Discrete and Continuous Data

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Discrete and Continuous Data are two ways of classifying data used in cartography and GIS to portray spatial elements and applications. All the data featured in maps and models are either discrete or continuous. Discrete data may only be recorded or reported as certain values while continuous data may be any value within a certain range. Another way of saying this is that discrete data is counted while continuous data is measured.

Some geographic features fall between the extremes of purely discrete and purely continuous. Examples of this include soil types, edges of forests, and boundaries of wetlands. One can determine if a feature is continuous or discrete by how easily it's boundaries can be defined.[1]

Discrete Data

Data in a mapped area are discrete when they are only found at fixed locations or when the data represent only specific values. Buildings and roads are features that have distinct boundaries or limits are considered discrete. These are sometimes referred to as discontinuous data. In mapping, discrete data can be shown as a point, line, or a polygon. Points could be cities, lines could be road networks, and polygons could be provinces in a country.[2]

Discrete data is helpful in showing the exact location, perimeter, and length of objects. Discrete data can be portrayed by either vector or raster data. Discrete data are also referred to as objects. [3]

Continuous Data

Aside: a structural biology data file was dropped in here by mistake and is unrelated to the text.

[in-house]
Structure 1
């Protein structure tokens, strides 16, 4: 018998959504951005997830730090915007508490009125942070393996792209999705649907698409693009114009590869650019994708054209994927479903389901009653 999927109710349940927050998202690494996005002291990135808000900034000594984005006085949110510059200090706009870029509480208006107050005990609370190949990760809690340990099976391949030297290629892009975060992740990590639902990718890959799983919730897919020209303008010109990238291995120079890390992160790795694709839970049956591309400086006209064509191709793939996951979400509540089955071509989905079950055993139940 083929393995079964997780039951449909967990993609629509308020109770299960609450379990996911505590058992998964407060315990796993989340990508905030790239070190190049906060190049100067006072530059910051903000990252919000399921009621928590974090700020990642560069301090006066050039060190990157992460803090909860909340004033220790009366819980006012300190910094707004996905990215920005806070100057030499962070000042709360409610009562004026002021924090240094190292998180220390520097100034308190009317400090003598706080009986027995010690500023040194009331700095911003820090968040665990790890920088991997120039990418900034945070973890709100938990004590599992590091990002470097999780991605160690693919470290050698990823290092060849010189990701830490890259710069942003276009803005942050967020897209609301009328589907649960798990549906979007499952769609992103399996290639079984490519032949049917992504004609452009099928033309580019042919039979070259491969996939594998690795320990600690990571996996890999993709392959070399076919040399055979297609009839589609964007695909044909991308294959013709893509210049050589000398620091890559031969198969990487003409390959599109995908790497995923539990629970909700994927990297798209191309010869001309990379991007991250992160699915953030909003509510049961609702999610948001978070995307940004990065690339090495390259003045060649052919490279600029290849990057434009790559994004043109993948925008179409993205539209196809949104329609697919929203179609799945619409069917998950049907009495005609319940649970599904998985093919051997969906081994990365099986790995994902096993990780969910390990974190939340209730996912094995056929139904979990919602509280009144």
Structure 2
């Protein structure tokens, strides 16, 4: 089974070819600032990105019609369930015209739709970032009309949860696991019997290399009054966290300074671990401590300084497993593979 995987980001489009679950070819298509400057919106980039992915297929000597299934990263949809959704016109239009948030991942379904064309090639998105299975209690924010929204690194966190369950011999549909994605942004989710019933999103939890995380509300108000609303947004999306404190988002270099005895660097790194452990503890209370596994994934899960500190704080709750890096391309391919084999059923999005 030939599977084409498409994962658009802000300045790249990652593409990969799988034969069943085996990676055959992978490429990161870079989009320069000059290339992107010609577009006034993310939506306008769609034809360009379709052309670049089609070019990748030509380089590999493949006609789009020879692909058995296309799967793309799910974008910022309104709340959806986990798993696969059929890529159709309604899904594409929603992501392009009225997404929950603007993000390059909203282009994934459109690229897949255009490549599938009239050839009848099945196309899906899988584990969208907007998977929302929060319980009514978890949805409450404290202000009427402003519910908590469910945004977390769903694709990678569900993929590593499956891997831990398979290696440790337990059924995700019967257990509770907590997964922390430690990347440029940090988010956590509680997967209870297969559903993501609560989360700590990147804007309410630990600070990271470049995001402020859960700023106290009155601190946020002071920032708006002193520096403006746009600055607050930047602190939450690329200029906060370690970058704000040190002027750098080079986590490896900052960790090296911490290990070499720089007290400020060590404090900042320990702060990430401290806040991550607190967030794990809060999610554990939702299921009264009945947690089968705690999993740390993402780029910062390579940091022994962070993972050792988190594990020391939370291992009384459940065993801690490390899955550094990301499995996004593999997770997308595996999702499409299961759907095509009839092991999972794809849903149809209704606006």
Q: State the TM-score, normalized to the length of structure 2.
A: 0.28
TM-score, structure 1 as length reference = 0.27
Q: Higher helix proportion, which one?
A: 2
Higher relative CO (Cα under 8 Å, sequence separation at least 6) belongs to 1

Continuous data geographic do not have well-defined boundaries and sometimes have no boundaries. This type of data is seen throughout the mapped area and smoothly transitions from one value to another. An example of a map containing continuous data would be one displaying temperature measurements across a region. Other examples of continuous data are slopes, elevations, relative humidity, and atmospheric pressure.

One of the most common types of continuous data is a topographic map showing elevation on a color scale. Continuous data are often shown in a color scale in order to show change over an area. In the example of a topographical map, sea level could be shown in white and progress through the gray scale as it gains elevation until the highest elevations on the map appear black.

Continuous data can be called nondiscrete data or it can be referred to as a field. See also Field (geography).


In a GIS, discrete data layers may be created for analysis. A layer of continuous data may be converted to discrete data where all values fall into either the acceptable value or the not acceptable value. For example, a set of continuous slope data may be grouped into slopes below 25 degrees and slopes above 25 degrees to help an urban planner decide where to put a new road. This grouping converted the continuous data into discrete data suitable for analysis."

See Also


  1. "Discrete and continuous data". http://webhelp.esri.com/arcgisdesktop/9.2/index.cfm?TopicName=Discrete%20and%20continuous%20data. 
  2. John R. Jensen and Ryan R. Jensen, Introductory Geographic Information Systems, Pearson Education, 2013.
  3. https://www.e-education.psu.edu/geog486/l1_p8.html

Further Reading

  • Judith A. Tyner, Principles of Map Design, New York: Guilford Press, 2010.
  • John R. Jensen and Ryan R. Jensen, Introductory Geographic Information Systems, Pearson Education, 2013.